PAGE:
Lately I’ve seen a lot of online discussion about writing groups and critique groups. Most folks seem to be of the mind that every writer should belong to one or the other—preferably both—if he or she wants to continue to “grow.”
When I first started attending writing groups, I knew nothing about getting published, so I was anxious to learn from folks who were successful freelance writers and published authors. But after several years of attending workshops and lectures, they became repetitive—like taking the same college courses over and over.
Some of the groups hosted interactive workshops. I am an introvert, and nowhere was it more painfully evident than in sessions where I was expected to write on demand, using assigned prompts, after which I’d be expected to immediately “share” what I’d written. Not for me.
Still I craved the social interaction the groups provided. Writers like to hang out with other writers, after all.
So I tried critique groups, but I couldn’t make the commitment to attend every week (family demands) or produce pages every few weeks (work demands). I felt guilty for not “pulling my weight” in the group, and the last thing I needed in my life was more guilt—and more impossible deadlines.
Eventually I realized what I really wanted to do was just hang out with like-minded writing friends, talk about the publishing industry, discuss books we’ve read, compare notes on (but not necessarily critique) our latest works-in-progress, vent about rejections, and celebrate successes. Inspire and be inspired.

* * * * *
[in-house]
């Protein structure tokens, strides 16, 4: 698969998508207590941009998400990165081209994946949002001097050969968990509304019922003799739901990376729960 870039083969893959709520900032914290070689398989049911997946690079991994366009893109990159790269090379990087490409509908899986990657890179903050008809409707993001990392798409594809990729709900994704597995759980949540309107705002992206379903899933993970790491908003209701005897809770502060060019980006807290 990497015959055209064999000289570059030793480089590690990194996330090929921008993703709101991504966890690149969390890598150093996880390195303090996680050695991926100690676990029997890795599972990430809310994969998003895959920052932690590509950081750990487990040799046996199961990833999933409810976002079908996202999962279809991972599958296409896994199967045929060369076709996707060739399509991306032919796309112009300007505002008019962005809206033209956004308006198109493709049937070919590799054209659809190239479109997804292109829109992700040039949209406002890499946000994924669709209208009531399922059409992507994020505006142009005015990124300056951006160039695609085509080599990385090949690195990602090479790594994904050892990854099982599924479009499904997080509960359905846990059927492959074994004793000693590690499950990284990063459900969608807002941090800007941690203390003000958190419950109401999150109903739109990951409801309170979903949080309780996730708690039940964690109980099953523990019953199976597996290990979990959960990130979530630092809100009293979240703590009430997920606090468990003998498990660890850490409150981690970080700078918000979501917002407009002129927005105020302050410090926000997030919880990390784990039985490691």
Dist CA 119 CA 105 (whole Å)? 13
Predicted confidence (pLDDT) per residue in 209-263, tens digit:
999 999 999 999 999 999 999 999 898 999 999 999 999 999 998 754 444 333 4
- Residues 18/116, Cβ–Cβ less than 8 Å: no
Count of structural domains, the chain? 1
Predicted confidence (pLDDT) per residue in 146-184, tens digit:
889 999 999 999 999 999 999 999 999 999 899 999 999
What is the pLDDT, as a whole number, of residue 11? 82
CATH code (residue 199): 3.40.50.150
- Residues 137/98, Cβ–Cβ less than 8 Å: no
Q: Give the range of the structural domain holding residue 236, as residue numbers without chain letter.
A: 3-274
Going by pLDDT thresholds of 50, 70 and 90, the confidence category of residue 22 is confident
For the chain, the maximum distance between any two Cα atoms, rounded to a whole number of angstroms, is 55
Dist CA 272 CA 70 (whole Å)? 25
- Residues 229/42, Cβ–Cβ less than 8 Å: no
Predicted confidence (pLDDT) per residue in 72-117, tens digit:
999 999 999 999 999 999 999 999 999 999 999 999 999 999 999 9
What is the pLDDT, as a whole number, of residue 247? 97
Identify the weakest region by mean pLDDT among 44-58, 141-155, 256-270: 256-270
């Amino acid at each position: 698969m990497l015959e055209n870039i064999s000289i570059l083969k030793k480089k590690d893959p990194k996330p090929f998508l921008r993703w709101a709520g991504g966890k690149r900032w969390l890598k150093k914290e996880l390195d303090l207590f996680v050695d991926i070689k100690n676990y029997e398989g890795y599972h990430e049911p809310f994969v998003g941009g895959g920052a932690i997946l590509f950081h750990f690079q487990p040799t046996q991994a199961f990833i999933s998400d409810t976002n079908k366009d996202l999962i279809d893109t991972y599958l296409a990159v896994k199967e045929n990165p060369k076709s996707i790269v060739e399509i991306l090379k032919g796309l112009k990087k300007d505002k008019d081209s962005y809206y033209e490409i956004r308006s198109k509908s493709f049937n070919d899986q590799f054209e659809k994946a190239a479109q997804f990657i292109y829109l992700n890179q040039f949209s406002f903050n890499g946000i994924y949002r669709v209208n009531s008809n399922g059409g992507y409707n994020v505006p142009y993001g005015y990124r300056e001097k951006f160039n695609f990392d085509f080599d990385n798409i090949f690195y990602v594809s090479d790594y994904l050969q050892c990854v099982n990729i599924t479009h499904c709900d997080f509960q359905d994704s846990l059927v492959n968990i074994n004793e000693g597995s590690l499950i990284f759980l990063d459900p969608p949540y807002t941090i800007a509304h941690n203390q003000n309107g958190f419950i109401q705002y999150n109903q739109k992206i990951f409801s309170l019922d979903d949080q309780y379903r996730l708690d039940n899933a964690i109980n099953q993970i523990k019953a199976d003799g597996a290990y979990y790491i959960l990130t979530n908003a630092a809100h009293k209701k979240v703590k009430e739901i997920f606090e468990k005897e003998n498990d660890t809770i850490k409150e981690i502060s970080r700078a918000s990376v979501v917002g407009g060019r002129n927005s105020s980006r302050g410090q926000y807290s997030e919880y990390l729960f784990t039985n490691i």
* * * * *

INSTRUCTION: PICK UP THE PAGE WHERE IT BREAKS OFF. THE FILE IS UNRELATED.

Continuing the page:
Voilà: a writers’ dinner group was born. I found my “fit.”
The four of us meet once a month. We share personal and professional news—both good and not so good. We toast our successes and offer each other encouragement for the journey ahead. When one of us needs input on a WIP, we ask for it (and sometimes that conversation spills over into an exchange of emails the following day), but it is not the focus of our evening. Rather, we are there to support, exchange ideas, and re-energize. Rarely does one of us miss a meeting, although it happens occasionally. More often, we try to adjust the schedule to accommodate a conflict. We’ve been meeting for so many years now, I’ve lost track of how many.
As my friend Donna (who is one of our members) wrote, “When writers are in the company of other writers, be it a dozen or only two, they too sharpen their writing skills and become better writers.” I still believe this to be true. For some the answer might be a writing group or critique group, but every writer should find her “fit”—and like most everything else in life, one size does not fit all.